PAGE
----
“Sidhu Moose Wala will be given the award posthumously."
Sidhu Moose Wala has been named a posthumous recipient of the Waris Shah International Award in Pakistan.
Punjabi Virsa has announced that it will honour the singer, poet Dr Surjit Singh Patar and writer Harjinder Pal.
The works of Waris Shah, the legendary Sufi poet, are revered both in India and Pakistan.
He is best known for his classic romantic saga Heer Ranjha, a masterpiece even after 250 years of its creation.
The 630 stanzas, written by Shah in 1766, featured a female protagonist who stood and died for her love for Ranjha.
To commemorate Shah’s 300th birth anniversary, several events are being held in India and Pakistan.
Ilyas Ghumman, a noted Pakistan-based Punjabi writer and president of the Waris Shah International Award Committee, said that the award will be given to Indian personalities for the second time.
Indian poet Amrita Pritam was given this honour in 2000.
He said: “Sidhu Moose Wala will be given the award posthumously.
“We had started this award in 2000 primarily for Punjabi writers and litterateurs whose works promote Punjabi culture and language but Moosewala is the first singer to be selected for the honour.”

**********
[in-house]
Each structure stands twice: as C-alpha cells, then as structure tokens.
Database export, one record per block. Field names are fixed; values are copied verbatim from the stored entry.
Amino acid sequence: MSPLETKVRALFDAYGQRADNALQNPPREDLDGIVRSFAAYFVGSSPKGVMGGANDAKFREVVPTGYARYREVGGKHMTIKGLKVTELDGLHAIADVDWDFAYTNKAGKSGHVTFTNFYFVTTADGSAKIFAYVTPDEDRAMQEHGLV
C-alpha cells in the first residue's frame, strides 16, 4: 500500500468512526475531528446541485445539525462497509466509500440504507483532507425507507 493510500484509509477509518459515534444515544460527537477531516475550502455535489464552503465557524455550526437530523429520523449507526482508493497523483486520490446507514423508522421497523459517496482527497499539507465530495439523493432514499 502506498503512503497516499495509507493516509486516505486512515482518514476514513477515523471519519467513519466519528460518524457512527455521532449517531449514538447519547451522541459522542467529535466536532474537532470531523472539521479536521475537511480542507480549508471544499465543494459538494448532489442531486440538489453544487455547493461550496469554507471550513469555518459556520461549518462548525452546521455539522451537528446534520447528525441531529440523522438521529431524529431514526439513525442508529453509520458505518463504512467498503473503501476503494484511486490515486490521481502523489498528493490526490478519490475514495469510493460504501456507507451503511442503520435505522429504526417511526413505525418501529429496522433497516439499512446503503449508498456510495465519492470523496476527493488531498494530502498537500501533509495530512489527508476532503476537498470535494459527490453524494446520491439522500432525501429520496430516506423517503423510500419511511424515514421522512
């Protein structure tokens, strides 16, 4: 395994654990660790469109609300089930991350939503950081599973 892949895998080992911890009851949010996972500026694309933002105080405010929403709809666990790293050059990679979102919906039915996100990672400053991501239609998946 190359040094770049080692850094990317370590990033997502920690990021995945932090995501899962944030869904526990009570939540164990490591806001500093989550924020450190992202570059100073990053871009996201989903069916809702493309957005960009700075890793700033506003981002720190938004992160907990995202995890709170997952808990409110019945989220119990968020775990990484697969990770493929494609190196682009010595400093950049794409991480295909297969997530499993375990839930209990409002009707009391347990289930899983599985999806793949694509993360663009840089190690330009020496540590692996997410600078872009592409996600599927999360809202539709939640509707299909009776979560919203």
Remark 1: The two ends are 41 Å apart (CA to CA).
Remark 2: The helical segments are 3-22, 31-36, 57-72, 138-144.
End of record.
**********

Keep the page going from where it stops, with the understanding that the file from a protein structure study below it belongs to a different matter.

While Waris Shah was known for spreading peace and love, Sidhu Moose Wala’s songs referenced gun culture.
Speaking about this, Ilyas Ghumman said:
“This point came up for discussion in our committee before selecting his name but it was agreed that Moose Wala played a major role in promoting Punjabi language and issues of the Punjabi community.
“He is considered an icon by the youths in Pakistan and they connect with him.”
“In Pakistan, Punjabi language still doesn’t get the respect it deserves.”
Dr Surjit Patar is known for his poetry and is a Padma Shri recipient. He is currently the chief of the Punjab Arts Council.
Harjinder Pal is a Punjabi short story writer who is also known for translating many Pakistani literary works from Shamukhi to Gurmukhi script of Punjabi language.
One writer said: “Amrita Pritam and Dr Surjit Patar are legends of Punjabi literature who deserve an honour.
“Moose Wala has become more of an emotion after his murder.
“Conferring the honour on him is too far-fetched as his songs openly promoted weapons, violence and bloodshed.”